Carolyn Dewar, Martin Hirt, Scott Keller

Excellent CEOs form a small group of trusted colleagues to provide discreet, unfiltered advice—including the kind that hasn’t been asked for but is important to hear. They also stay in touch with how the work really gets done in the organization by getting out of boardrooms, conference centers, and corporate jets to spend time with rank-and-file employees. This is not only grounding for the CEO, … [ Read more ]

Carolyn Dewar, Martin Hirt, Scott Keller

Exemplary CEOs combine the reality of what they ought to do in the role with who they are as human beings. They deliberately choose how to behave in the role, based on such questions as: What legacy do I want to leave? What do I want others to say about me as a leader? What do I stand for? What won’t I tolerate? CEOs answer … [ Read more ]

Carolyn Dewar, Martin Hirt, Scott Keller

Excellent CEOs increase their companies’ agility by determining which features of their organizational design will be stable and unchanging (such features might include a primary axis of organization, a few signature processes, and shared values) and by creating dynamic elements that adapt quickly to new challenges and opportunities (such elements might include temporary performance cells, flow-to-work staffing models, and minimum-viable-product iterations).

Carolyn Dewar, Martin Hirt, Scott Keller

Vendors of workforce surveys like to say that employee engagement is the best measure of “soft stuff.” It’s not. While employee engagement indeed correlates with financial performance, a typical engagement survey covers less than 20 percent of the organizational-health elements that are proven to correlate with value creation. A proper assessment of organizational health takes in everything from alignment on direction and quality of execution … [ Read more ]

Carolyn Dewar, Martin Hirt, Scott Keller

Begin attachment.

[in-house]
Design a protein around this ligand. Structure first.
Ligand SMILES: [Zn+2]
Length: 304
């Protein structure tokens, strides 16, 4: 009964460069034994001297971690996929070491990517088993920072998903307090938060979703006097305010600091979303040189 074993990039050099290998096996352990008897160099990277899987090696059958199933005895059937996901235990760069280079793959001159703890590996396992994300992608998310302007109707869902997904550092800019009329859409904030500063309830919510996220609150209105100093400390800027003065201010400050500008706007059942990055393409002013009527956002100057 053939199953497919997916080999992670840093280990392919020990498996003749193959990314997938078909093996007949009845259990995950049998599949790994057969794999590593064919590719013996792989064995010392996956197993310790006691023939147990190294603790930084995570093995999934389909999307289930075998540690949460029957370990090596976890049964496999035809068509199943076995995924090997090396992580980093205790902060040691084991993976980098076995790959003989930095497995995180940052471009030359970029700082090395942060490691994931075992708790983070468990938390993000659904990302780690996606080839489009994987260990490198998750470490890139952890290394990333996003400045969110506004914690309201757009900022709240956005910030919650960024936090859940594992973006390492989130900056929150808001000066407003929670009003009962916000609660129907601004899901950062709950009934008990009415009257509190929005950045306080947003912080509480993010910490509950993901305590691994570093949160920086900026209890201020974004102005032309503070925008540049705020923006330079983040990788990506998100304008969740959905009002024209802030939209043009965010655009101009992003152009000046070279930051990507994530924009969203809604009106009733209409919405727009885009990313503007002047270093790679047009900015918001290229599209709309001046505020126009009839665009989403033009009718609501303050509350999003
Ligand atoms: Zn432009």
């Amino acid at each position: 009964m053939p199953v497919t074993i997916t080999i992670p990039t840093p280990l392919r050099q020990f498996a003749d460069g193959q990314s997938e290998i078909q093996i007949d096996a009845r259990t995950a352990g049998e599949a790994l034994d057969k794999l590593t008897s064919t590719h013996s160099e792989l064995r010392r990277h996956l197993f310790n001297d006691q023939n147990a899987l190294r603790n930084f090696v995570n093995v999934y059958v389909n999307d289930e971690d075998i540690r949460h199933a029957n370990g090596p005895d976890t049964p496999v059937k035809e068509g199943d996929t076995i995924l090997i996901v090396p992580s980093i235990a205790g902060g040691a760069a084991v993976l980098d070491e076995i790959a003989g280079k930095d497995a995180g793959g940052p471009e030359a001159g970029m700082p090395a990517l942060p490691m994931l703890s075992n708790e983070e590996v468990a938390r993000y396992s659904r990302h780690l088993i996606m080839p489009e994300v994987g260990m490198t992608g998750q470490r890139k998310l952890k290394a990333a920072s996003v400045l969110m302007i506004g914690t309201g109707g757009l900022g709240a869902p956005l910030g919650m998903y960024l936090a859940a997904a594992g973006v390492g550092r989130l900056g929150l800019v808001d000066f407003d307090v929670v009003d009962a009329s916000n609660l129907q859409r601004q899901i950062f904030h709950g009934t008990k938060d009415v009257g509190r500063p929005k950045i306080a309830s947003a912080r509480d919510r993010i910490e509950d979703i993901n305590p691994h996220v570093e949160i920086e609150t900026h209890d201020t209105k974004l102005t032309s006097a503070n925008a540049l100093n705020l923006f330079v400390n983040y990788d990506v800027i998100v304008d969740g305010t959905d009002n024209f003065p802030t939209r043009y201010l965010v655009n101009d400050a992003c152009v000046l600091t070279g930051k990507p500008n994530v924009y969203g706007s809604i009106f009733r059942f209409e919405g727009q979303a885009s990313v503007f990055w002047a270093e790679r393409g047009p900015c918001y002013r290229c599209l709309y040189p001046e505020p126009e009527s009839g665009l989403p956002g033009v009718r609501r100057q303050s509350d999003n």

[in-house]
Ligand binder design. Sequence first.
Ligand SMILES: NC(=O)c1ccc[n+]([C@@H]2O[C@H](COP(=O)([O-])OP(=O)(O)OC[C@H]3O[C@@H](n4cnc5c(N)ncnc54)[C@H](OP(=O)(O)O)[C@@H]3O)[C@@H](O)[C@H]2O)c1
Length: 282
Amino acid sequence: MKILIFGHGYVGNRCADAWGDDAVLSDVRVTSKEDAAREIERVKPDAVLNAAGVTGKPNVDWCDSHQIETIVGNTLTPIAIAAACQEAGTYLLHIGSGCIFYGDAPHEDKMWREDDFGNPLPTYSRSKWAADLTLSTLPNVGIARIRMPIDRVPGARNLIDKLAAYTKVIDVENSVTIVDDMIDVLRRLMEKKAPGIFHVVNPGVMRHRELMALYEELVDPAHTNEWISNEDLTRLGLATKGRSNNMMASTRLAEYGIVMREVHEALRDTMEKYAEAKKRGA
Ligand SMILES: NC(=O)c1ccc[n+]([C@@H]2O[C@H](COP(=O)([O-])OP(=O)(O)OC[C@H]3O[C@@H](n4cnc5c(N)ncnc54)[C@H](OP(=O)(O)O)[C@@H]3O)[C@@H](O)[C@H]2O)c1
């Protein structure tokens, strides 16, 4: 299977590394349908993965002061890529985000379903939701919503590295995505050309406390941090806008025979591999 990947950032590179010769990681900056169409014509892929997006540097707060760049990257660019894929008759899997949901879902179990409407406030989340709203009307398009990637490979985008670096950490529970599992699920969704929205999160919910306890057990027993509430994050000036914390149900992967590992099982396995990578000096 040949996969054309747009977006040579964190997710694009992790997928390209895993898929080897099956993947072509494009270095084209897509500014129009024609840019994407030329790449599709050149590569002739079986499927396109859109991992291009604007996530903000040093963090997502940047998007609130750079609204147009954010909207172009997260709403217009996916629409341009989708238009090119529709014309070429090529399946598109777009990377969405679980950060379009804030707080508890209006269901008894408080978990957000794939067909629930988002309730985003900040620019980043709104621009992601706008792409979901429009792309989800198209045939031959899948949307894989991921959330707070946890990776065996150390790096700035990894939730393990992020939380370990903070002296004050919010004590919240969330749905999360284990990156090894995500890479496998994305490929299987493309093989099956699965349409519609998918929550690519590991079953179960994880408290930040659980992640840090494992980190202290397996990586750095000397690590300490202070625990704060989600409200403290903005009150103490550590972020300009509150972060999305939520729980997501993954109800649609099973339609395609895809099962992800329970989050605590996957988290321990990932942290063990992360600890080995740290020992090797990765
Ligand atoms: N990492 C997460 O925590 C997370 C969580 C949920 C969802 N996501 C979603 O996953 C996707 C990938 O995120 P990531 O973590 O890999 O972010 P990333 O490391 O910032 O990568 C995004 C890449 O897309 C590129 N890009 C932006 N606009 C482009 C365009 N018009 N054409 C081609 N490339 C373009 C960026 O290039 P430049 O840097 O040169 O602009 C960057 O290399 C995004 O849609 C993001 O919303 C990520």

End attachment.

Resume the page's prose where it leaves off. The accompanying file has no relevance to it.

Of the 50 most value-creating roles in any given organization, only 10 percent normally report to the CEO directly. Sixty percent are two levels below, and 10 percent sit farther down. Most surprising of all is that the remaining 10 percent are roles that don’t even exist. Once these roles are identified, the CEO can work with other executives to see that these roles are … [ Read more ]

Carolyn Dewar, Martin Hirt, Scott Keller

Resource reallocation isn’t just a bold strategic move on its own; it’s also an essential enabler of the other strategic moves. Companies that reallocate more than 50 percent of their capital expenditures among business units over ten years create 50 percent more value than companies that reallocate more slowly.

How to Make the Bold Strategy Moves that Matter

What does it take to make a true performance leap? The authors of Strategy Beyond the Hockey Stick explain the key strategic levers their analysis has revealed, and how strongly you have to pull them.

The Mindsets and Practices of Excellent CEOs

The CEO’s job is as difficult as it is important. Here is a guide to how the best CEOs think and act.

Chris Bradley, Martin Hirt, and Sven Smit

To deliver the message that people will not be punished simply because a high-risk plan did not pan out, we suggest developing an “unbalanced scorecard” for incentive plans that has two distinct halves. On the left is a common set of rolling financials with a focus on two or three (such as growth and return on investment) that connect to the economic-profit goals of the … [ Read more ]